Jest and Enzyme are pretty cool! Frontend unit testing for React App!
They are frontend testing tools that allow you to test and assert DOM elements, simulate user actions in unit testing, which I once thought could only be done in end to end testing using Selenium! Jest/Enzyme and Selenium can certainly compliment each other to provide reliable, efficient automated frontend testing!
What is Jest? Enzyme?
Jest is a general purpose unit testing framework which provides test runners, assertion library, spies, mocks, coverage. A pretty comprehensive all-in-one testing framework which is kind of equivalent to Mocha (test runner) + Chai (assertion library) + Sinon (spies, mocks) + Istanbul (coverage).
Having been developed by Facebook, Jest works well with React App although it also works for other apps. I personally have only tried Snapshot testing on React App so it will be interesting to find out how Snapshot testing works on apps of other tech stack.
Enzyme is a testing utility for React Apps developed by Airbnb. It provides API wrappers that makes it easier to assert, manipulate, and traverse your React Components’ DOM. Enzyme can work with any testing framework, such as Jest or Mocha.
3 Types of Rendering
Jest and Enzyme both provide APIs for rendering the React components. There are 3 different types of rendering: shallow, mount and render.
Shallow: Renders only the current component. It is useful in isolating testing to the current component and not testing/ asserting the children component nested within.
Mount: Renders the full component in JSDom (a headless browser) and useful when full lifecycle is required to fully test the component.
Render: Renders the component into full HTML. Snapshot testing by default is rendered into static HTML.
For all 3 type of rendering, the utilities dependent on by the component all need to be mocked, even in Shallow rendering.
I found snapshot testing the most eye-catching feature of Jest. It allows you to save a HTML DOM snapshot of the React component in the first run. All the subsequent test runs will be comparing the subsequent snapshots with this first snapshot to determine whether there has been any DOM (UI) changes in the component.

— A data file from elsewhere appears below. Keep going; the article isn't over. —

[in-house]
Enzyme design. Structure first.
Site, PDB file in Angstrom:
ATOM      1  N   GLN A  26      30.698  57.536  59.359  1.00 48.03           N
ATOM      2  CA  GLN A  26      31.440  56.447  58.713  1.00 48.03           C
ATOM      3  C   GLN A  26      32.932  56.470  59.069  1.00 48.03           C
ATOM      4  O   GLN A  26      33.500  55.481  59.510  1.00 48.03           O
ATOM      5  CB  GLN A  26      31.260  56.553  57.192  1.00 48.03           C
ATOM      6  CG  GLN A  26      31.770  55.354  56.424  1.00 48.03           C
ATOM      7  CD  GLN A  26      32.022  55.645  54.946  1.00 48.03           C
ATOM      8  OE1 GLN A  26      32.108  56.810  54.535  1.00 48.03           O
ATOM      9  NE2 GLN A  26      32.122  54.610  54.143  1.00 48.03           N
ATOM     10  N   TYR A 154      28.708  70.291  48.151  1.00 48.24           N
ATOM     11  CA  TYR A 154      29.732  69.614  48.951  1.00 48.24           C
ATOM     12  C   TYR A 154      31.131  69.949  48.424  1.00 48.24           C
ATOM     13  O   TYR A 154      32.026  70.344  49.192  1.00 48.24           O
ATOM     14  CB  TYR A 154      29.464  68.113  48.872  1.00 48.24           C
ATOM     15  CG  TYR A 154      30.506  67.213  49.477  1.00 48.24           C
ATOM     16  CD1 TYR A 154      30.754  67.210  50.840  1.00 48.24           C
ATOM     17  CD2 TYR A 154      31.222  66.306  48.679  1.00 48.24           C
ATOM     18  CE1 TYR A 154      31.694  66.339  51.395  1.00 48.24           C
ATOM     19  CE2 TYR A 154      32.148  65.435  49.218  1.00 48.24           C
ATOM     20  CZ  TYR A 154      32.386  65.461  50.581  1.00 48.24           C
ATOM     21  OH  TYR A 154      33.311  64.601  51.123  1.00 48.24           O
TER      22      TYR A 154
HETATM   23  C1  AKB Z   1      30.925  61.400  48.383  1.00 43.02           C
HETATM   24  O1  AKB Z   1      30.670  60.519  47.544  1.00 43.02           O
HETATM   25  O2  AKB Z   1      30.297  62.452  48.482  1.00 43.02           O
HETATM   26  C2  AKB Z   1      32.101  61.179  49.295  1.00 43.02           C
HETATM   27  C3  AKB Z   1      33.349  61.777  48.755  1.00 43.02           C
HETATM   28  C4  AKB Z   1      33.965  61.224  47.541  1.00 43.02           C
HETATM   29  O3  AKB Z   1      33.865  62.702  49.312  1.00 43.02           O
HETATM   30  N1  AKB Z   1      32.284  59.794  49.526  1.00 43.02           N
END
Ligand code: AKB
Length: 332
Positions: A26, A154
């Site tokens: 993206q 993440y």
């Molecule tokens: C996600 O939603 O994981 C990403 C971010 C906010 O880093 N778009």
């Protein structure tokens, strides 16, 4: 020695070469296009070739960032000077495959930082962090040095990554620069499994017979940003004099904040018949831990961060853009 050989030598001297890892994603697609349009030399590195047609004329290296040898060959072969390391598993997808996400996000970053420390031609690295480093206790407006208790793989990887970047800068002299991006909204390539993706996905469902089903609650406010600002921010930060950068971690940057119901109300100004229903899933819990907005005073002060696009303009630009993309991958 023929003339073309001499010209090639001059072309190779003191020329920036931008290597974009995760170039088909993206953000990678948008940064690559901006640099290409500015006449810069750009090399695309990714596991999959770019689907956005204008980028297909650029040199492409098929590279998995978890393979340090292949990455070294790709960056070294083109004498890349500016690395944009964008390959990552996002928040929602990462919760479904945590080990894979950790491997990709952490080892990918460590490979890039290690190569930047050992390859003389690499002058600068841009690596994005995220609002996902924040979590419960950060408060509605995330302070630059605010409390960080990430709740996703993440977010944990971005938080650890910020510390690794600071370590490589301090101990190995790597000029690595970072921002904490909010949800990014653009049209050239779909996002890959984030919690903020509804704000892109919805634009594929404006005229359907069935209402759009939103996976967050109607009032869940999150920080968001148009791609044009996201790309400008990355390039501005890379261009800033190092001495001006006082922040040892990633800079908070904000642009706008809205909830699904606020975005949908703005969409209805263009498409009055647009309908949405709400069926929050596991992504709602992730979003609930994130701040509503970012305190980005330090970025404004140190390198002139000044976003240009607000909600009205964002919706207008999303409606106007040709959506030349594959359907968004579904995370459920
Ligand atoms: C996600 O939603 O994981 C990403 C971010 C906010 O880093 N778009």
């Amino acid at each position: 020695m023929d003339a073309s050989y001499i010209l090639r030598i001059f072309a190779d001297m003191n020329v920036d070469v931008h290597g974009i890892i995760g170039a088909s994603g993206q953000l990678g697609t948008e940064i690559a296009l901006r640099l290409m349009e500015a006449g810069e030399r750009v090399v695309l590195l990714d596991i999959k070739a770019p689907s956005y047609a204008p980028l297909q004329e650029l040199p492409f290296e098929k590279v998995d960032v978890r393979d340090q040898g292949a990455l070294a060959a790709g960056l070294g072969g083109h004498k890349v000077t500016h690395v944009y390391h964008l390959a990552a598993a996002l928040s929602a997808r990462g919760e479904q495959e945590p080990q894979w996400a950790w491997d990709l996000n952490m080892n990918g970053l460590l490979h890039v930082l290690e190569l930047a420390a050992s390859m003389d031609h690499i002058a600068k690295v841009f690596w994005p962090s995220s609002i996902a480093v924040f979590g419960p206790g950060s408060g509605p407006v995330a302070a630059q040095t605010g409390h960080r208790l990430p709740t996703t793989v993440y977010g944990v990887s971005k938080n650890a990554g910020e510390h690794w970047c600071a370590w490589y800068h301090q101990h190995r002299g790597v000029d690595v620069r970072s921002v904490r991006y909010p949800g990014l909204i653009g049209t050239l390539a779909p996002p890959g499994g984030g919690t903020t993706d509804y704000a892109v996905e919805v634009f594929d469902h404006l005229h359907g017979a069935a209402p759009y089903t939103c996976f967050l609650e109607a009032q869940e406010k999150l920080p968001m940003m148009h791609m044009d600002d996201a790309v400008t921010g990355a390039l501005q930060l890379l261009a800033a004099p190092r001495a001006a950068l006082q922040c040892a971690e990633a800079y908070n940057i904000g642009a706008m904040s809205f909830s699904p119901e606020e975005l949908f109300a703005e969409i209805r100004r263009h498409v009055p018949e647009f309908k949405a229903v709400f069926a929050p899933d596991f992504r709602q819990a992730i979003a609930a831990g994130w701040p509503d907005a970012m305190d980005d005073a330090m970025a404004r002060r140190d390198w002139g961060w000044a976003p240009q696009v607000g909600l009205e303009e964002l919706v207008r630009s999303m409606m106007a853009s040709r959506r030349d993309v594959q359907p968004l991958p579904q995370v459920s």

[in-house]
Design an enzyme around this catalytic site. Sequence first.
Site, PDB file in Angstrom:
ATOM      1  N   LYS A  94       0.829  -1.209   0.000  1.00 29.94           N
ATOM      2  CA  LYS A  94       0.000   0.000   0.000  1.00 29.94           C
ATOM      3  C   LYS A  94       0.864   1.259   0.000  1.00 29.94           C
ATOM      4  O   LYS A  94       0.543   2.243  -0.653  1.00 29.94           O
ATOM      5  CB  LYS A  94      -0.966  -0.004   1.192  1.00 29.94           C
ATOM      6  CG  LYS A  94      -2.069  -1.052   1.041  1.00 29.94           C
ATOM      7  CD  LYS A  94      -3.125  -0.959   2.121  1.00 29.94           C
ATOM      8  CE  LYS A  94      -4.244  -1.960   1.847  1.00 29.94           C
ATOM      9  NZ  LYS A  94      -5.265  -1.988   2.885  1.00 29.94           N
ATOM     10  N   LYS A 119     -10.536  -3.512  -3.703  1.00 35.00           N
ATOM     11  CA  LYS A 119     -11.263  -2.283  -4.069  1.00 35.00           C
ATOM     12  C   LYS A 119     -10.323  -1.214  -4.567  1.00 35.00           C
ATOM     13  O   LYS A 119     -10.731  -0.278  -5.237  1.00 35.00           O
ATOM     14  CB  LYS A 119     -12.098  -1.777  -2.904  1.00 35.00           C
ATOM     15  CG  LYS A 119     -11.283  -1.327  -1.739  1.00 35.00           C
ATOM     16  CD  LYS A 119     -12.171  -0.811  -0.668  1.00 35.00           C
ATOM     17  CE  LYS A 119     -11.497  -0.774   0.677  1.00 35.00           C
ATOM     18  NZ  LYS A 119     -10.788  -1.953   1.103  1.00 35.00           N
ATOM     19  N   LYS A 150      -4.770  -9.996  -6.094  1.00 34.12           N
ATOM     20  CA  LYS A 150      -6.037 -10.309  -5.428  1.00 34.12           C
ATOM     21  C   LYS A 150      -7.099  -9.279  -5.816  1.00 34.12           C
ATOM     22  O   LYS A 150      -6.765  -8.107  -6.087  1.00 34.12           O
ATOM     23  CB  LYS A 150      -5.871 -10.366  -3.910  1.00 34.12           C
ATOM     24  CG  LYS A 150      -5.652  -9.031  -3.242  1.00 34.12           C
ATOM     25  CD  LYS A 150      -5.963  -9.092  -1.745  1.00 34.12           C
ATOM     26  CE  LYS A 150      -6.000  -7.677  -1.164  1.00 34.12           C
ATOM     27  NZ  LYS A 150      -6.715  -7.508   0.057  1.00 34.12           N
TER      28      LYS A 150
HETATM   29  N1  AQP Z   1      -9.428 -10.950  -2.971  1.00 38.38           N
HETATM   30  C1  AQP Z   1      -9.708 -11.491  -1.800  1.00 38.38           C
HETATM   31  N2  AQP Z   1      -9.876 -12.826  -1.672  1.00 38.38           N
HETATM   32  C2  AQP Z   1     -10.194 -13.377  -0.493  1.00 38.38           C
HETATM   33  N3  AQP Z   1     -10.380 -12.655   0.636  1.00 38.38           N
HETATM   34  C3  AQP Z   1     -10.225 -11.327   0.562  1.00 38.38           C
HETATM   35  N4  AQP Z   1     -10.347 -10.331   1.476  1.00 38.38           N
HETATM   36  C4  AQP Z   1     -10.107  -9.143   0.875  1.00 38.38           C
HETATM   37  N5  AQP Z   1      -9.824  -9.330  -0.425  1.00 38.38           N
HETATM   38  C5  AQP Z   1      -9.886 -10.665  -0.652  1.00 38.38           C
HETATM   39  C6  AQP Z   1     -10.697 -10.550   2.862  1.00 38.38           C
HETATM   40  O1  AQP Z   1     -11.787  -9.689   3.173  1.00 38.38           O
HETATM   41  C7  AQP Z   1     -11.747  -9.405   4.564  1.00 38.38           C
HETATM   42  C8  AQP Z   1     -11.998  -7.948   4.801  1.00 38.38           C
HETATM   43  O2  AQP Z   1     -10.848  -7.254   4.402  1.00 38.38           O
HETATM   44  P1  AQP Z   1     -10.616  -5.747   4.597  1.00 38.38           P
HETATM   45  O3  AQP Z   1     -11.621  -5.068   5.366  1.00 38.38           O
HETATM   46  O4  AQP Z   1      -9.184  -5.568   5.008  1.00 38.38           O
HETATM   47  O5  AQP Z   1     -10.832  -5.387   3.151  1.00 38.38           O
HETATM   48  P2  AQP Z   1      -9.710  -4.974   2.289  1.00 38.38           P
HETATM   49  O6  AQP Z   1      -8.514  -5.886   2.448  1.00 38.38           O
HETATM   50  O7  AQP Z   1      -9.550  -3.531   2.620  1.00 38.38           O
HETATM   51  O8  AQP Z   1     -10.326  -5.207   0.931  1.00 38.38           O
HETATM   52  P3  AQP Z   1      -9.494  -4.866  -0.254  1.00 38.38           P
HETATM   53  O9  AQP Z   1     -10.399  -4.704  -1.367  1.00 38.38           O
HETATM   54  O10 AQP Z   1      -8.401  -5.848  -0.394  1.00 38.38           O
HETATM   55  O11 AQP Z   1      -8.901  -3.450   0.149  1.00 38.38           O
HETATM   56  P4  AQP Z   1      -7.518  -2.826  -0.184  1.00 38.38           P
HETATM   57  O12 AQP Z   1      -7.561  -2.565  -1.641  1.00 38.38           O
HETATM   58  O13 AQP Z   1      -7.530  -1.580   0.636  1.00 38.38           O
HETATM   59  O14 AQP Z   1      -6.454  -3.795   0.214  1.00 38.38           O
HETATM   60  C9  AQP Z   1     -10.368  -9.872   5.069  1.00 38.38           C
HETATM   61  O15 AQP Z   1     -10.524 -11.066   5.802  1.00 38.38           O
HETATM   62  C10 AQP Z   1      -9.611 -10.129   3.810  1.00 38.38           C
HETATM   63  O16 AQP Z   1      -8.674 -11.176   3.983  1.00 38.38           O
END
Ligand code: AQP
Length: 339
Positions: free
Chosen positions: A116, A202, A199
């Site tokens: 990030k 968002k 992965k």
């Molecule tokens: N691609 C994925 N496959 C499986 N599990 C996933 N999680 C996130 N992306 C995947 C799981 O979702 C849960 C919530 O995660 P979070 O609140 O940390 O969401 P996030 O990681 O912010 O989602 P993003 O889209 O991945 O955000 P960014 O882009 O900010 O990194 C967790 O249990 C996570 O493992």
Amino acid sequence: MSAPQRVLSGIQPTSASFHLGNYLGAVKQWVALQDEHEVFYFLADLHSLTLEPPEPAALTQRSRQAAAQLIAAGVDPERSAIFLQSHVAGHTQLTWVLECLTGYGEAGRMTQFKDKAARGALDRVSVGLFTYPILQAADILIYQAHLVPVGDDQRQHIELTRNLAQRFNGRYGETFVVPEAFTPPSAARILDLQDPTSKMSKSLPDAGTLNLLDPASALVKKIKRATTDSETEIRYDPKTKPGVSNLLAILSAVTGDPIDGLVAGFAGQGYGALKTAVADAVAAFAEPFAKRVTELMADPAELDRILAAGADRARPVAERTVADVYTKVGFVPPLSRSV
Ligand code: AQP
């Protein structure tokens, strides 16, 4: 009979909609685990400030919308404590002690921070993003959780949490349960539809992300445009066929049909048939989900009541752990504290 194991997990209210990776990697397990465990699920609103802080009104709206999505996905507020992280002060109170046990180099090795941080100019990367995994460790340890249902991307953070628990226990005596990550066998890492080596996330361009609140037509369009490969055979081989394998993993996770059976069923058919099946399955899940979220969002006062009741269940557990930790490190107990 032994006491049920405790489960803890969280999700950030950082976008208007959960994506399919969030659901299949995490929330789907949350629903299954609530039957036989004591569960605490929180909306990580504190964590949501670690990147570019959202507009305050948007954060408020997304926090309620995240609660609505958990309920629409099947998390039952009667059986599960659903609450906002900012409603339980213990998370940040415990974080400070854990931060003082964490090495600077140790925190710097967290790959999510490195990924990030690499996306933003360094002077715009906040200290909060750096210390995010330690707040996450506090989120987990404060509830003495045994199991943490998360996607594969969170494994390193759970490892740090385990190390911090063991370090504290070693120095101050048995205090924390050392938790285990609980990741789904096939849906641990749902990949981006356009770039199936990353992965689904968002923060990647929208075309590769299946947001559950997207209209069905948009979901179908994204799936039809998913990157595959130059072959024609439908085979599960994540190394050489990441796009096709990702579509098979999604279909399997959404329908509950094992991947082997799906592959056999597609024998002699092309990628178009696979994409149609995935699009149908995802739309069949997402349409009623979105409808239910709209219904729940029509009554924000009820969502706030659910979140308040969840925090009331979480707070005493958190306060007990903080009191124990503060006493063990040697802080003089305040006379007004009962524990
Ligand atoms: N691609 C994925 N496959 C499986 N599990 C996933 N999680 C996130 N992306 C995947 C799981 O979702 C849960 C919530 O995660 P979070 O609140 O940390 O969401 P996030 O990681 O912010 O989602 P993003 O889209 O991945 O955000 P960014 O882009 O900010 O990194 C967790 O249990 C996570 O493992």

One of the trickiest part in getting started is Jest mocking. How to mock dependent utilities?
Scenario1 :A component that depends on SettingsUtil to make Ajax GET/POST calls
Scenario2: A component that contains children elements imported from a 3rd party library, React-bootstrap-table.
Jest.mock could be used in both scenarios. Notice that the mocked utils need to appear before the import of the component (Selfreflection)!! It returns either a function or an object, which will be consumed when rendering Selfreflection.
I learn by example. I love learning technologies and tools with good documentations, resources and LOTS of examples. There are many ‘Hello World’ snapshot testing examples on the net, but not many comprehensive, detailed examples that teach you how to test/ mock for typical apps that we build. The Jest documentation explains the basics but can be further improved…
Snapshot update by
jest -u or
npm test — -u (if you set
npm test to
jest). It updates ALL snapshots! no update to individual snapshot as at 2017 March 10. Be careful when you update snapshots as it may give you false positives if there happens to be a faulty component when you wanted to update snapshot for another component.
jest —- watch , the change in the component will also lead to auto update of the snapshot file.
Snapshot testing and Enzyme cannot be used in the same test suite. They should be structured in different files.
Also, frontend design may change more frequently than you expected throughout the project, it is better to gauge whether it is worthwhile or which part of logic should be tested with priority at the current project phase.
Some examples on localstorage mocking, spying:
Some good references for getting started with Jest and Enzyme:
How to Test React Components Using Jest
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